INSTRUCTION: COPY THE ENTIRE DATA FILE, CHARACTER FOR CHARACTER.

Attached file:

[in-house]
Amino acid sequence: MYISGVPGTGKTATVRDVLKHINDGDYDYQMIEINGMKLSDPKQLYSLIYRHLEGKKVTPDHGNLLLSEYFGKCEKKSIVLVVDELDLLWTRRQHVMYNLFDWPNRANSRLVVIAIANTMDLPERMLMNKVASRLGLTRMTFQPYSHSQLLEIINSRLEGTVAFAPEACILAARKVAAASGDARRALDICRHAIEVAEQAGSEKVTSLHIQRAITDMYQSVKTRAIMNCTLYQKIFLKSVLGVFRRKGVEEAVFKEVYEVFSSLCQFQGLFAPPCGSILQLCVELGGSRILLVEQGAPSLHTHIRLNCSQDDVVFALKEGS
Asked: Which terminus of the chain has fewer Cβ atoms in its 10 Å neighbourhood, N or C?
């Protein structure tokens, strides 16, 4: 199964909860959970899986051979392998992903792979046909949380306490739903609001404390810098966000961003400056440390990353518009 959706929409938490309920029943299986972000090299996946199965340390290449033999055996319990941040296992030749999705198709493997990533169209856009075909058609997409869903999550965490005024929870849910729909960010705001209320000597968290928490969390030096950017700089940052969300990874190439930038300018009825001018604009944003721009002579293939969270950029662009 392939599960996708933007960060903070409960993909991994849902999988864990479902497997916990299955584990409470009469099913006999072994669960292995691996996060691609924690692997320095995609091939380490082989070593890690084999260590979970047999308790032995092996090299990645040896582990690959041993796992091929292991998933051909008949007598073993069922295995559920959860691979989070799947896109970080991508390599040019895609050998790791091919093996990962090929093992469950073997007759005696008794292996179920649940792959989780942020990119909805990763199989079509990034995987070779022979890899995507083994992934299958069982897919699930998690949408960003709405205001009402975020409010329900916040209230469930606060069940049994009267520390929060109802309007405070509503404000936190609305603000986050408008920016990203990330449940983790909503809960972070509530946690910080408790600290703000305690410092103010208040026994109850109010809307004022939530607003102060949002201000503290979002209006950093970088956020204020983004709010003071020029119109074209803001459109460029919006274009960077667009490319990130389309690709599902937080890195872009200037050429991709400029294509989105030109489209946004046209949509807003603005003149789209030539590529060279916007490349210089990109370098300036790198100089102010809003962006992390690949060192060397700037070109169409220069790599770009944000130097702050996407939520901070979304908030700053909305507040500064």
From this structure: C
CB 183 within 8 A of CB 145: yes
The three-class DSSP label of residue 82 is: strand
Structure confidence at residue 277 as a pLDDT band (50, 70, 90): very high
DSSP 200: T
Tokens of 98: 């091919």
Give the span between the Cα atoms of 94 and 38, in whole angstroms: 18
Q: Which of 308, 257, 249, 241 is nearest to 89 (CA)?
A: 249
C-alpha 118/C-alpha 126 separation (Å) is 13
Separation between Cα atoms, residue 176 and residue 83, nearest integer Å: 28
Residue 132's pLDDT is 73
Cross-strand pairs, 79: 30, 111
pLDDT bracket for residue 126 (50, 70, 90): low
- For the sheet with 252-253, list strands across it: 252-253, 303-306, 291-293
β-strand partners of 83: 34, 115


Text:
[in-house]
Amino acid sequence: MYISGVPGTGKTATVRDVLKHINDGDYDYQMIEINGMKLSDPKQLYSLIYRHLEGKKVTPDHGNLLLSEYFGKCEKKSIVLVVDELDLLWTRRQHVMYNLFDWPNRANSRLVVIAIANTMDLPERMLMNKVASRLGLTRMTFQPYSHSQLLEIINSRLEGTVAFAPEACILAARKVAAASGDARRALDICRHAIEVAEQAGSEKVTSLHIQRAITDMYQSVKTRAIMNCTLYQKIFLKSVLGVFRRKGVEEAVFKEVYEVFSSLCQFQGLFAPPCGSILQLCVELGGSRILLVEQGAPSLHTHIRLNCSQDDVVFALKEGS
Asked: Which terminus of the chain has fewer Cβ atoms in its 10 Å neighbourhood, N or C?
């Protein structure tokens, strides 16, 4: 199964909860959970899986051979392998992903792979046909949380306490739903609001404390810098966000961003400056440390990353518009 959706929409938490309920029943299986972000090299996946199965340390290449033999055996319990941040296992030749999705198709493997990533169209856009075909058609997409869903999550965490005024929870849910729909960010705001209320000597968290928490969390030096950017700089940052969300990874190439930038300018009825001018604009944003721009002579293939969270950029662009 392939599960996708933007960060903070409960993909991994849902999988864990479902497997916990299955584990409470009469099913006999072994669960292995691996996060691609924690692997320095995609091939380490082989070593890690084999260590979970047999308790032995092996090299990645040896582990690959041993796992091929292991998933051909008949007598073993069922295995559920959860691979989070799947896109970080991508390599040019895609050998790791091919093996990962090929093992469950073997007759005696008794292996179920649940792959989780942020990119909805990763199989079509990034995987070779022979890899995507083994992934299958069982897919699930998690949408960003709405205001009402975020409010329900916040209230469930606060069940049994009267520390929060109802309007405070509503404000936190609305603000986050408008920016990203990330449940983790909503809960972070509530946690910080408790600290703000305690410092103010208040026994109850109010809307004022939530607003102060949002201000503290979002209006950093970088956020204020983004709010003071020029119109074209803001459109460029919006274009960077667009490319990130389309690709599902937080890195872009200037050429991709400029294509989105030109489209946004046209949509807003603005003149789209030539590529060279916007490349210089990109370098300036790198100089102010809003962006992390690949060192060397700037070109169409220069790599770009944000130097702050996407939520901070979304908030700053909305507040500064």
From this structure: C
CB 183 within 8 A of CB 145: yes
The three-class DSSP label of residue 82 is: strand
Structure confidence at residue 277 as a pLDDT band (50, 70, 90): very high
DSSP 200: T
Tokens of 98: 């091919």
Give the span between the Cα atoms of 94 and 38, in whole angstroms: 18
Q: Which of 308, 257, 249, 241 is nearest to 89 (CA)?
A: 249
C-alpha 118/C-alpha 126 separation (Å) is 13
Separation between Cα atoms, residue 176 and residue 83, nearest integer Å: 28
Residue 132's pLDDT is 73
Cross-strand pairs, 79: 30, 111
pLDDT bracket for residue 126 (50, 70, 90): low
- For the sheet with 252-253, list strands across it: 252-253, 303-306, 291-293
β-strand partners of 83: 34, 115